I have a collection of 5-element vectors each of which corresponds to an {x,y} location from a (20 x 21) grid. Because of that I represent that data as a (5 x 20 x 21)-sized tensor called W.

I also have a set of 128 (5 x 5)-sized matrices which I've packed as a (128 x 5 x 5) tensor called R.

I then want to compute for each vector in W and each matrix in R the product Transpose[w].r.w (which is a scalar) and obtain a (128 x 20 x 21)-sized tensor. Finally, I only care about the sum over the 128 matrices, which will be a (20 x 21)-sized matrix.

I can compute that operation with the following command which leaves me very unsatisfied since it seems somewhat inelegant:

Total[Outer[#1.#2.#1 &, TensorTranspose[W, {3, 2, 1}], R, 2, 1], {3}]

It seems to me that there should be a way to not use TensorTranspose, and that the Total should be redundant if I were to use Inner. However I don't see a clean way to use level specifications to get the answer I want. Any ideas? (preferably ones that are efficient too!).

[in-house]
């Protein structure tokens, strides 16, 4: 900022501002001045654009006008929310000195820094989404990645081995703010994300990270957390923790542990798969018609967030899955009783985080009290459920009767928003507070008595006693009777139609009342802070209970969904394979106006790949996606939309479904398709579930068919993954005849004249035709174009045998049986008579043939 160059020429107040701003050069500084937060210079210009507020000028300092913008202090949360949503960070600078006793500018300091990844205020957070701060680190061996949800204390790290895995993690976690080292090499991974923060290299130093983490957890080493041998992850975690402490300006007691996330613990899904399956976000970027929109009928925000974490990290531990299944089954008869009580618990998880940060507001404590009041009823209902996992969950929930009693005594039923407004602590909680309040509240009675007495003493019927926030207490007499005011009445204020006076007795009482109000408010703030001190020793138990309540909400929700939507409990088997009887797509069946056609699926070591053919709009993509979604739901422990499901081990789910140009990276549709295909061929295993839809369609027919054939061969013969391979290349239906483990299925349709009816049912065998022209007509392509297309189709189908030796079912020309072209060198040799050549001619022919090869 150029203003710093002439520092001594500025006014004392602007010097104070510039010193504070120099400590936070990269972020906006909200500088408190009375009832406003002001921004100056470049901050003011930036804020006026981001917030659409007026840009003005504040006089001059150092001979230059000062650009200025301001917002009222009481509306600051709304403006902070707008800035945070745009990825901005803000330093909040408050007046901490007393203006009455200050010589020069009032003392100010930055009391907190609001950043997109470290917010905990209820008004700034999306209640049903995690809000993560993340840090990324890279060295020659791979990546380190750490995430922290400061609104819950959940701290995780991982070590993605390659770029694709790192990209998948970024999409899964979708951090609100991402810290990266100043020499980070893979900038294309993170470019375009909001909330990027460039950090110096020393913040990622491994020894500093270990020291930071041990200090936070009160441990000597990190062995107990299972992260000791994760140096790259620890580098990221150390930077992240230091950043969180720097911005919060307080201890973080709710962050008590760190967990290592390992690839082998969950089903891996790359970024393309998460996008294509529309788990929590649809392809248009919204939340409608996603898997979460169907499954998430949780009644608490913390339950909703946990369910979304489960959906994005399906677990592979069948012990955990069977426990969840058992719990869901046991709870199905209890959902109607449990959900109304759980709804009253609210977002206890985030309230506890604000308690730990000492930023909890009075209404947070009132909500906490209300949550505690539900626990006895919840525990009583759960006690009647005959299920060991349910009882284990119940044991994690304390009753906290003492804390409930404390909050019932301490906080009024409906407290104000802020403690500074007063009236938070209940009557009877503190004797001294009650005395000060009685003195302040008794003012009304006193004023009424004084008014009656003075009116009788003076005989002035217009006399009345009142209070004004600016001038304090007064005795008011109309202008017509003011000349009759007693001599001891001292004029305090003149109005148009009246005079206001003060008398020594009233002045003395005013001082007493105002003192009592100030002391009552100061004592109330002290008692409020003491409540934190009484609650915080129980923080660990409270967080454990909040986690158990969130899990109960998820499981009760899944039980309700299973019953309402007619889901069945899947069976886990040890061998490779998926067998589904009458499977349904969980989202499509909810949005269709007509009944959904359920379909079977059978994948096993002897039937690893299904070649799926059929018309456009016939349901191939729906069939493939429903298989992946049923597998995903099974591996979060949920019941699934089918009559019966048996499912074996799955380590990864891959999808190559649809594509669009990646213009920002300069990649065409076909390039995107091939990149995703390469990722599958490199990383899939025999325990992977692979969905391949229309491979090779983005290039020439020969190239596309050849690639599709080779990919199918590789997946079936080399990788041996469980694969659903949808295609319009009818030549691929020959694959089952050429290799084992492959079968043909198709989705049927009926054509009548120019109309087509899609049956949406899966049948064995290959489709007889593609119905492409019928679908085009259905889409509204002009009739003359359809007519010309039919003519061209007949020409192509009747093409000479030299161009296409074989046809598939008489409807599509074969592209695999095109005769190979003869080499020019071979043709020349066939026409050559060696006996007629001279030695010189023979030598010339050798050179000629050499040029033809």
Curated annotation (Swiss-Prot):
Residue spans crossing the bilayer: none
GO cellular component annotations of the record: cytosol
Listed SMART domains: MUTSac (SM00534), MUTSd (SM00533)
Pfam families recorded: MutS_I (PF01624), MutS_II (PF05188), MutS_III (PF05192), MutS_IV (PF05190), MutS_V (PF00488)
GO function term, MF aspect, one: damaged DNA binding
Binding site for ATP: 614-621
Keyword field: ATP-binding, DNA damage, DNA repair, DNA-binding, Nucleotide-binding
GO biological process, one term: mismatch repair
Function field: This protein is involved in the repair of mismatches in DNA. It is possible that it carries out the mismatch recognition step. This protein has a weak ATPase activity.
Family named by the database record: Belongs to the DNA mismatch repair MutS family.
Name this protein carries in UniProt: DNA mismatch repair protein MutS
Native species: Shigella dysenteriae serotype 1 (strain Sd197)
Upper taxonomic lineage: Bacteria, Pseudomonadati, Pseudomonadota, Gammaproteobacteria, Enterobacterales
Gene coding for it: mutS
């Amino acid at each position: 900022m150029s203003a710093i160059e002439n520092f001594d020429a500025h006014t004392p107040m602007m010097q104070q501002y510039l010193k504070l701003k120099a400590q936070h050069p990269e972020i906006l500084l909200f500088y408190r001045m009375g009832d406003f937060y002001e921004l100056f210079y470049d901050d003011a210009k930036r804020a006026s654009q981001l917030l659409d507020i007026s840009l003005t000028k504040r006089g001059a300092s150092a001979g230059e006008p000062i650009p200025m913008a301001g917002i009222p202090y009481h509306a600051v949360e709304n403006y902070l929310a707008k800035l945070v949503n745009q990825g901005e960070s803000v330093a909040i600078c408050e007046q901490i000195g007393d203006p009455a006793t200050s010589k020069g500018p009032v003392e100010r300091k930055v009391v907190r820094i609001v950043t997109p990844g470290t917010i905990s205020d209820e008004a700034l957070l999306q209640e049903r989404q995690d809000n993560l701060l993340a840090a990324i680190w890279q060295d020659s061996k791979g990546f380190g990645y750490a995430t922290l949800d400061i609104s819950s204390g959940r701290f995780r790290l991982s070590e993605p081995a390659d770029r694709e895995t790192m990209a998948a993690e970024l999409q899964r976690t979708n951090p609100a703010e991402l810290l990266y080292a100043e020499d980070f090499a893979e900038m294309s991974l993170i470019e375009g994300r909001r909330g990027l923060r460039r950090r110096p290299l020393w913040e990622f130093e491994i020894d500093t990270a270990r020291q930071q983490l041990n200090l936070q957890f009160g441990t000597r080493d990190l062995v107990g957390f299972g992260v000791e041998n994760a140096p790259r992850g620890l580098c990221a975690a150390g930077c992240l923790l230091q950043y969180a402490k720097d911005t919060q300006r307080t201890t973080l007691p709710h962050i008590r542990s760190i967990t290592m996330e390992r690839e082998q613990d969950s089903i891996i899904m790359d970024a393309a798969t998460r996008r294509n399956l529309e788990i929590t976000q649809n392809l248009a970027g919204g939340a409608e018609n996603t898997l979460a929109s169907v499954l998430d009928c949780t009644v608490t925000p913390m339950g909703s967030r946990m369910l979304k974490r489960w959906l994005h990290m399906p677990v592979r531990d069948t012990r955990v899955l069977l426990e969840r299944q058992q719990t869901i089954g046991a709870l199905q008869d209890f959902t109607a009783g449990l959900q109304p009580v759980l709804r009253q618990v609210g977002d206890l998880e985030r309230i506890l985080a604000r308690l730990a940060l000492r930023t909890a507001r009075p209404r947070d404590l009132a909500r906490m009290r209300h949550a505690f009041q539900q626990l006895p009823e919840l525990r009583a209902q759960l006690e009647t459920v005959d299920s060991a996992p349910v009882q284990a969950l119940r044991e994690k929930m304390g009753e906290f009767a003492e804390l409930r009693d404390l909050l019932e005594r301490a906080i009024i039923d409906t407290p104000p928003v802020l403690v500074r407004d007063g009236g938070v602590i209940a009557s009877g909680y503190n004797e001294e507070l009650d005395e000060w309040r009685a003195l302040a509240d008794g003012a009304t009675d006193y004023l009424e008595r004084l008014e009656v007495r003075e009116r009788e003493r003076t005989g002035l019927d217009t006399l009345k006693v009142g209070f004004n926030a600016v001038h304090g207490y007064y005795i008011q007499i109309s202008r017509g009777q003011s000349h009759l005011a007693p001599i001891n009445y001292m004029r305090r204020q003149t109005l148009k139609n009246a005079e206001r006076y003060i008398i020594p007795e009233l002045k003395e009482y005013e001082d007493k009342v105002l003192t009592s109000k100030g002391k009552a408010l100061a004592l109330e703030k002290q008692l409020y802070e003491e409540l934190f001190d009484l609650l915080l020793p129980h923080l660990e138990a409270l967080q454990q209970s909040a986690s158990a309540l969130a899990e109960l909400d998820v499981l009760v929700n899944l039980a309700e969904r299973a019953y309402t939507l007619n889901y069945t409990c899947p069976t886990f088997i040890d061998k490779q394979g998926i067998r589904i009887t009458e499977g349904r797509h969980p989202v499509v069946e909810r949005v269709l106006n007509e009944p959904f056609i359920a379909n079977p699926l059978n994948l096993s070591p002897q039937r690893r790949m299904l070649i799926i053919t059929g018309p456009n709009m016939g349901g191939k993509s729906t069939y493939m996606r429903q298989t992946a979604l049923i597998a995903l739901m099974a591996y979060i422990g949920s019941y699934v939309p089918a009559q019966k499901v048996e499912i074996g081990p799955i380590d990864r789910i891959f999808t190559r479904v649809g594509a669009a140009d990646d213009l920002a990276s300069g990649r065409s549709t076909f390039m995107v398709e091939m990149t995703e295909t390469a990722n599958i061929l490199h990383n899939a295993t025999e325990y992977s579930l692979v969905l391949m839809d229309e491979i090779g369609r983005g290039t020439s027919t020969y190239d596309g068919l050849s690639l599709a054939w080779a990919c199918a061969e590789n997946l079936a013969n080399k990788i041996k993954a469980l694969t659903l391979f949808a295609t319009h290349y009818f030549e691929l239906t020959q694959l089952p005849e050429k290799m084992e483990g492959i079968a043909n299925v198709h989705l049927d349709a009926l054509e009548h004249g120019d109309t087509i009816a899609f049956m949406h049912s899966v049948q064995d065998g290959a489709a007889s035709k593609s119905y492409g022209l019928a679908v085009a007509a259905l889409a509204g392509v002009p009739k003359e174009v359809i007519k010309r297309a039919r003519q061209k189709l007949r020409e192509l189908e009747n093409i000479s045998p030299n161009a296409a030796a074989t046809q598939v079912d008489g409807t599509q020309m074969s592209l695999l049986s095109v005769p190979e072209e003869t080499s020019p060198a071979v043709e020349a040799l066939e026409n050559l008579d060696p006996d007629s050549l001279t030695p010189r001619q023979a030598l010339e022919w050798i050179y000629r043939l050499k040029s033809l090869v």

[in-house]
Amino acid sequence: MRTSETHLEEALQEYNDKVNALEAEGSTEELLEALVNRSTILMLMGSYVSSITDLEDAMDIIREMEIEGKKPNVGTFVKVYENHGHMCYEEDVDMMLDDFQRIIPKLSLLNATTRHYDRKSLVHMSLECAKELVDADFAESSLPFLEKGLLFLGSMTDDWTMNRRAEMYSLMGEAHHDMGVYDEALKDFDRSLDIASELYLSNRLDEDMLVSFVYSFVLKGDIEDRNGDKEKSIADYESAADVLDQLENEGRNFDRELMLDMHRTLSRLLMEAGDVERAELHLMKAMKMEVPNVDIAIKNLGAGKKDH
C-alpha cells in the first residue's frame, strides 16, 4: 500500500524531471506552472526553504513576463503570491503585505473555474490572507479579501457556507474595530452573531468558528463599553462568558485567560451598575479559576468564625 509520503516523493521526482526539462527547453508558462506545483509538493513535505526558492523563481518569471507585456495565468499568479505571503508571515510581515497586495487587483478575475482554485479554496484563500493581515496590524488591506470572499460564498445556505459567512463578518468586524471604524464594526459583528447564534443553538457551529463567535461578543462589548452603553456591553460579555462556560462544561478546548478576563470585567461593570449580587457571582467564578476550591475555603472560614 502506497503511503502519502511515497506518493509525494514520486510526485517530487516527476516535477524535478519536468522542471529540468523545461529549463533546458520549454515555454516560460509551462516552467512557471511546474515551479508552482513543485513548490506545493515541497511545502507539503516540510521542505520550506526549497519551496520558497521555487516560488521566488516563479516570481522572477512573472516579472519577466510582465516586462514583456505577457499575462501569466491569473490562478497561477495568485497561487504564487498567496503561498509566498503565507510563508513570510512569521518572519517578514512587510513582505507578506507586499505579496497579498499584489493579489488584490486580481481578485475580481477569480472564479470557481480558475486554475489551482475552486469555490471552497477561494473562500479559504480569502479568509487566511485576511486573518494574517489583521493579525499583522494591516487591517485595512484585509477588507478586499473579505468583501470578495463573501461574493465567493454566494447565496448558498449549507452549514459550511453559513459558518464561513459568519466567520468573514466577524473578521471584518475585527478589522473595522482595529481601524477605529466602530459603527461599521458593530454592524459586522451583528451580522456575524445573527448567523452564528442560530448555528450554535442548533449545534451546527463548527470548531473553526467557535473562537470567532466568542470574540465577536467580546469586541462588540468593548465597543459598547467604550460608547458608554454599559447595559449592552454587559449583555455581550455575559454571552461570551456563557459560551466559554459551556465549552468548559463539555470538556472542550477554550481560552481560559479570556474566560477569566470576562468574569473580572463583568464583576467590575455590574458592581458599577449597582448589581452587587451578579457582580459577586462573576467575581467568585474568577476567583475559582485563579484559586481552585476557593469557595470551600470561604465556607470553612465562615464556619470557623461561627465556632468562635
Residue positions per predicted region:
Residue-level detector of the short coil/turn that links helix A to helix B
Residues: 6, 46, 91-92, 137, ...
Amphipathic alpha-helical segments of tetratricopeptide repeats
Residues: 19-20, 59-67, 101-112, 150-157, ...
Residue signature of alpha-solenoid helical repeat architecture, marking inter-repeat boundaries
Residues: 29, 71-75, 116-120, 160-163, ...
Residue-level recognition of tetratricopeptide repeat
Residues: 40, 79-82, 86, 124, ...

If you have to know, this implements a 5-sensor broadband delay-and-sum beamscanner. W holds the steering vectors for each location to scan, and R are the covariance matrices for each frequency band.



2 Answers 2


Perhaps I'm missing something, but can't you sum the covariance matrices at the start?

result =  With[{r = Total @ R}, Map[#.r.# &, Transpose[W, {3, 2, 1}], {2}]]

This is several hundred times faster than the original.


Take care!! With the instruction:

Total[Outer[#1.#2.#1 &, TensorTranspose[W, {3, 2, 1}], R, 2, 1], {3}]

you are effectively doing:


If you really want to do:


Then you should:

Total[Outer[TensorTranspose[#1, {3, 2, 1}].#2.#1 &, W, R, 2, 1], {3}]

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